Matching irrigation to vine water-requirements: Limitations of using sap-flow technology for scheduling irrigation

Publication Type:
Journal Article
Citation:
Acta Horticulturae, 2005, 694 pp. 165 - 171
Issue Date:
2005-01-01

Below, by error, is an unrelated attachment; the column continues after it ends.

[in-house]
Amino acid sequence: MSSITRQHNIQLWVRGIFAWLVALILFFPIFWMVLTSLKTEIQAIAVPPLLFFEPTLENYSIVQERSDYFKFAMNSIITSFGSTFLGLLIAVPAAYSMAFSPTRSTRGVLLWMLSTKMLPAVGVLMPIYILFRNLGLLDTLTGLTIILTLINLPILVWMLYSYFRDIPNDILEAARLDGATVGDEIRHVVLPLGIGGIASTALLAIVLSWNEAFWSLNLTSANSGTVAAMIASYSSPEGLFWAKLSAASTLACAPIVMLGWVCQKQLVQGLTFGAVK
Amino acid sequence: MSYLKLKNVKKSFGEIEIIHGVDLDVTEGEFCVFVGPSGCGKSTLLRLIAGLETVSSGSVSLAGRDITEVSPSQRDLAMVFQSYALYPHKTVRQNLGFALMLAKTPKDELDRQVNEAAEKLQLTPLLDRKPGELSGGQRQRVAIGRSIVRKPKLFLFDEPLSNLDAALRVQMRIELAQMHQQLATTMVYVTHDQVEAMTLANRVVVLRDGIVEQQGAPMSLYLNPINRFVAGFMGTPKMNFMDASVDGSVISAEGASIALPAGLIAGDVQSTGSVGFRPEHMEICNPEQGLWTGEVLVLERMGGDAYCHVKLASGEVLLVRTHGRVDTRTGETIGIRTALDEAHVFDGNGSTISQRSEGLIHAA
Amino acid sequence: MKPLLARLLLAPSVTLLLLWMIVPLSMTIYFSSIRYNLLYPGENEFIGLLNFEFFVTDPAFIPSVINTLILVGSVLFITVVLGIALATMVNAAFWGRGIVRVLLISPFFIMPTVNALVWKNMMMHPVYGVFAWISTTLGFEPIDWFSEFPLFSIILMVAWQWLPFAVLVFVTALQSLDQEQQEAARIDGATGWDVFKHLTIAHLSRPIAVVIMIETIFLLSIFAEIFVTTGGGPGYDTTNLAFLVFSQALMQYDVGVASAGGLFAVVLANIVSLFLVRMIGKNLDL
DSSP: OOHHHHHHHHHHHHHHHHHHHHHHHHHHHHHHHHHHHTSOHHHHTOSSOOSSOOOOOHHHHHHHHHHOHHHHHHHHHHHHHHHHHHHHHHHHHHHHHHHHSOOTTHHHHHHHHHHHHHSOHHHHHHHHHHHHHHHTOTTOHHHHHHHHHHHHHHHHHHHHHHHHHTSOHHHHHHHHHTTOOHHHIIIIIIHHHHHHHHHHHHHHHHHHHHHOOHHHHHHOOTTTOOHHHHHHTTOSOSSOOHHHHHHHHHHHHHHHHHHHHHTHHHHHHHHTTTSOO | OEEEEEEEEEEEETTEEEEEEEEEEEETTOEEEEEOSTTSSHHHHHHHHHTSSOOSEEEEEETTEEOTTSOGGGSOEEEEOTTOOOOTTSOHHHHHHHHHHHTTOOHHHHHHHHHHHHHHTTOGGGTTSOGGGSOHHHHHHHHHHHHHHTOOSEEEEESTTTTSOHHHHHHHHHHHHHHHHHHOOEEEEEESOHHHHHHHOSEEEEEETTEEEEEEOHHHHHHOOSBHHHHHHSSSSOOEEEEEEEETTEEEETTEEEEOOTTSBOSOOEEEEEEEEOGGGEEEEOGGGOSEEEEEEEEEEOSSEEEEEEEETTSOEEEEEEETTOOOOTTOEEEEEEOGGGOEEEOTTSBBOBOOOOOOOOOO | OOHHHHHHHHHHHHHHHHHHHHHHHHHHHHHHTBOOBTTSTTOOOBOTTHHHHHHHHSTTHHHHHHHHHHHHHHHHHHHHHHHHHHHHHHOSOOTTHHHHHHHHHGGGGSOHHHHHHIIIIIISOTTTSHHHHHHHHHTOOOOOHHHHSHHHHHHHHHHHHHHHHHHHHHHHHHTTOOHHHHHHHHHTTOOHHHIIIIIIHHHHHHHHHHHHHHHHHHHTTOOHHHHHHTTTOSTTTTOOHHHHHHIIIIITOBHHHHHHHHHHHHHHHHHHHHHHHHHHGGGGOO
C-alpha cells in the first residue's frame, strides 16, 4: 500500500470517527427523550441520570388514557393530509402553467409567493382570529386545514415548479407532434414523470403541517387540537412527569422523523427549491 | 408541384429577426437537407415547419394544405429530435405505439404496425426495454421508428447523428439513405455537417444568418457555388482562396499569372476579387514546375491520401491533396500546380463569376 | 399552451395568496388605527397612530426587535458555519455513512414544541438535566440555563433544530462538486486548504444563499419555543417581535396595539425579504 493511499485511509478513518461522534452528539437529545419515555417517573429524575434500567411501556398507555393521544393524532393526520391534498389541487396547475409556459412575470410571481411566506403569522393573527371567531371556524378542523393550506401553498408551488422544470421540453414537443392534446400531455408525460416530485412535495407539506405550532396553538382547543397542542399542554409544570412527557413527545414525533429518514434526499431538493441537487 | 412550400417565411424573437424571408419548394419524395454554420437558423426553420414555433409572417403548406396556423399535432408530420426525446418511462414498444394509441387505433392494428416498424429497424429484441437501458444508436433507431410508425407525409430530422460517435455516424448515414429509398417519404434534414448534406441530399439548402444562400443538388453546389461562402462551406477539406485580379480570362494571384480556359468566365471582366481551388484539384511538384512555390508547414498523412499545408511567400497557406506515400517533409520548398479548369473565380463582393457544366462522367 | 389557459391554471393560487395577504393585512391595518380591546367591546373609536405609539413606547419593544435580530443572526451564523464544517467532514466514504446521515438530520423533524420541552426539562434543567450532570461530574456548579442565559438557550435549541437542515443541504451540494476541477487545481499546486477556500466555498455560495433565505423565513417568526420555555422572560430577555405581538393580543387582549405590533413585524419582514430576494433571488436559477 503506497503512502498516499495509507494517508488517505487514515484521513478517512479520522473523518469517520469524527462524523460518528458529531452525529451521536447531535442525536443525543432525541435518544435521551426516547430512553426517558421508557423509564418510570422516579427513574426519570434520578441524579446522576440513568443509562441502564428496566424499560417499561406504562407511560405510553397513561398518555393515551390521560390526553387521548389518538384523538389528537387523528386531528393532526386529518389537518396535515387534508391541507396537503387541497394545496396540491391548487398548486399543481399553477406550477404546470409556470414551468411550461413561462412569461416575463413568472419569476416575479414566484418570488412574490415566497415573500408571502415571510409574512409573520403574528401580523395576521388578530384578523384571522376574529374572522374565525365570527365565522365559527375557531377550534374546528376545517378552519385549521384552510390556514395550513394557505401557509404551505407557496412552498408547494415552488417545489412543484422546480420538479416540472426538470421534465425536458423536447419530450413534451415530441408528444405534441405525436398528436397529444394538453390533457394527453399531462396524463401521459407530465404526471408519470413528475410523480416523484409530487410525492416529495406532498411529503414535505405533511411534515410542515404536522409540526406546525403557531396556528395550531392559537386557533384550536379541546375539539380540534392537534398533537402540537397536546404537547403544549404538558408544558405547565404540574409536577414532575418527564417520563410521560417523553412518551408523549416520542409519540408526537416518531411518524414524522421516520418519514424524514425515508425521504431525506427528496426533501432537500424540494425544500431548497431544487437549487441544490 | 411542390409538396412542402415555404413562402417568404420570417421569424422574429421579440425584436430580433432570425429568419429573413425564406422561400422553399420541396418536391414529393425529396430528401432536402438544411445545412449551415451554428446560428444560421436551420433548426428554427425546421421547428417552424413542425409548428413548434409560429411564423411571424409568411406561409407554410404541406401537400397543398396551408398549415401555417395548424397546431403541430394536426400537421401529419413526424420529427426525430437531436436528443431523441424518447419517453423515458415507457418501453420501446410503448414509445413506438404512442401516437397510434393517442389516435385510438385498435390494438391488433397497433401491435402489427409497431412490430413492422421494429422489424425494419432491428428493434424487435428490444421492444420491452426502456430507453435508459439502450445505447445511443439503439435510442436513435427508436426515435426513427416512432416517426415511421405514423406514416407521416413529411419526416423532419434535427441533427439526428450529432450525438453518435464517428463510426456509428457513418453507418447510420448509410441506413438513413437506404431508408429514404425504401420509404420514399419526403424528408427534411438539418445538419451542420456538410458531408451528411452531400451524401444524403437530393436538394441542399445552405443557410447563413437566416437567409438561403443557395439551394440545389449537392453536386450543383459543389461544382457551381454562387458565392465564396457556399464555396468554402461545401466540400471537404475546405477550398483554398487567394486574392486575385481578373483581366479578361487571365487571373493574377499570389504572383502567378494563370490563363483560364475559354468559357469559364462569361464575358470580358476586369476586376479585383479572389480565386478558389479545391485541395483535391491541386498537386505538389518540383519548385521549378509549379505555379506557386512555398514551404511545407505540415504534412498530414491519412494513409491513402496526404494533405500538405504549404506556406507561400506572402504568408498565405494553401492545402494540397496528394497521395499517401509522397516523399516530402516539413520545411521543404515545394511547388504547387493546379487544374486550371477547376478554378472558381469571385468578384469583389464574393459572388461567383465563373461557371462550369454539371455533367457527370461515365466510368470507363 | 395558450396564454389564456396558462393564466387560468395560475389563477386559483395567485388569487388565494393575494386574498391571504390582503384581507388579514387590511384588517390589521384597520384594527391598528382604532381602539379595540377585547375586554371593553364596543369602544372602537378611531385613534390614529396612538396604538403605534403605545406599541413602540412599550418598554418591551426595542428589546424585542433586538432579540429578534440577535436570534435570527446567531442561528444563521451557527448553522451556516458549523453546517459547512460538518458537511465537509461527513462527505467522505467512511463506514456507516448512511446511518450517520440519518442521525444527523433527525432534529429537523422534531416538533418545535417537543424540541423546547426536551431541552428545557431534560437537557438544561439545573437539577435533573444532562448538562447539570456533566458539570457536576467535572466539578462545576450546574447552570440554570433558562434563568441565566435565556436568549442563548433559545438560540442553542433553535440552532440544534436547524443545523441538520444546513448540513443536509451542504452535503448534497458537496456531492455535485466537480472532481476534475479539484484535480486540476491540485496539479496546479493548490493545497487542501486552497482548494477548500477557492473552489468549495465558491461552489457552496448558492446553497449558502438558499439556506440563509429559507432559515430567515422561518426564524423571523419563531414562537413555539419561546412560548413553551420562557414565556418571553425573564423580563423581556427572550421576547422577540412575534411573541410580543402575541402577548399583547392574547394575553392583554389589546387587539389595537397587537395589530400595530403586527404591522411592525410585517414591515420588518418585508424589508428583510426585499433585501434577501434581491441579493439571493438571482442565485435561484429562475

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Mismatch between water applied during irrigation and that required by the crop for transpiration is a major cause of poor returns per unit water use and of land degradation. Advances in commercial sap-flow gauges should provide opportunities for improving water management in tree-horticulture, but this has not been widely explored. In this study we tested the capability of sap-flow gauges to detect waterstress and, hence a need for irrigation, by withholding water for two months from actively growing, mature, grapevines. Withholding irrigation reduced soil-water content in the 1.8 m soil-profile by almost 40% compared to where irrigation was maintained, but the reduced soil-water resulted in only a small decrease in the transpiration deduced from sap-flow throughout the 2-month period. This was despite a 3- fold increase in stomatal resistance and a rise of 1.0 oC in leaf temperature for the stressed compared to the continuously irrigated vines. Reasons for this response are not clear, but it is possible that the stressed-vines accessed water either directly from the watertable or from its capillary fringe. Withdrawal of irrigation also did not result in yield decline for the stressed-vines. The results showed the limitation of employing sap-flow systems in managing irrigation. Other implications of these findings are explored including proposals on using weighted crop factor to match irrigation with grapevine water-requirements.
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